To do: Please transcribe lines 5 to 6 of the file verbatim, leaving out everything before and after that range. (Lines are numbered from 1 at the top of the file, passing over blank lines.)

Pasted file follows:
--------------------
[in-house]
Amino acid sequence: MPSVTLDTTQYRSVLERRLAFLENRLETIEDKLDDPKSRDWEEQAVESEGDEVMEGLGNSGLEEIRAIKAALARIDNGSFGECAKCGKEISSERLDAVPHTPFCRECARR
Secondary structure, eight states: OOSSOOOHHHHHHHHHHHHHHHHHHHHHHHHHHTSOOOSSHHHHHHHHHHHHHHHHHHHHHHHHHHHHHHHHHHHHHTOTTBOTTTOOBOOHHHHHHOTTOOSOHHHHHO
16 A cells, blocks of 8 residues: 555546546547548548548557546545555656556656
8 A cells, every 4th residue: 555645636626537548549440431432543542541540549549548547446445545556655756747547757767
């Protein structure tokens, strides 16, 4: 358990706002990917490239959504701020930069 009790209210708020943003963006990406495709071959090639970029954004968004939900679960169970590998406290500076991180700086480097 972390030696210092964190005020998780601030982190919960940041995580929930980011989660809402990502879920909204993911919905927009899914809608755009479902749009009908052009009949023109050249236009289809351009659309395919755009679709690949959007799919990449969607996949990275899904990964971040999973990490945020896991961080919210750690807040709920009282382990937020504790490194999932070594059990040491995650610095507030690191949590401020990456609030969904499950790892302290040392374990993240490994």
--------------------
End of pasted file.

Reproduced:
8 A cells, every 4th residue: 555645636626537548549440431432543542541540549549548547446445545556655756747547757767
């Protein structure tokens, strides 16, 4: 358990706002990917490239959504701020930069 009790209210708020943003963006990406495709071959090639970029954004968004939900679960169970590998406290500076991180700086480097 972390030696210092964190005020998780601030982190919960940041995580929930980011989660809402990502879920909204993911919905927009899914809608755009479902749009009908052009009949023109050249236009289809351009659309395919755009679709690949959007799919990449969607996949990275899904990964971040999973990490945020896991961080919210750690807040709920009282382990937020504790490194999932070594059990040491995650610095507030690191949590401020990456609030969904499950790892302290040392374990993240490994």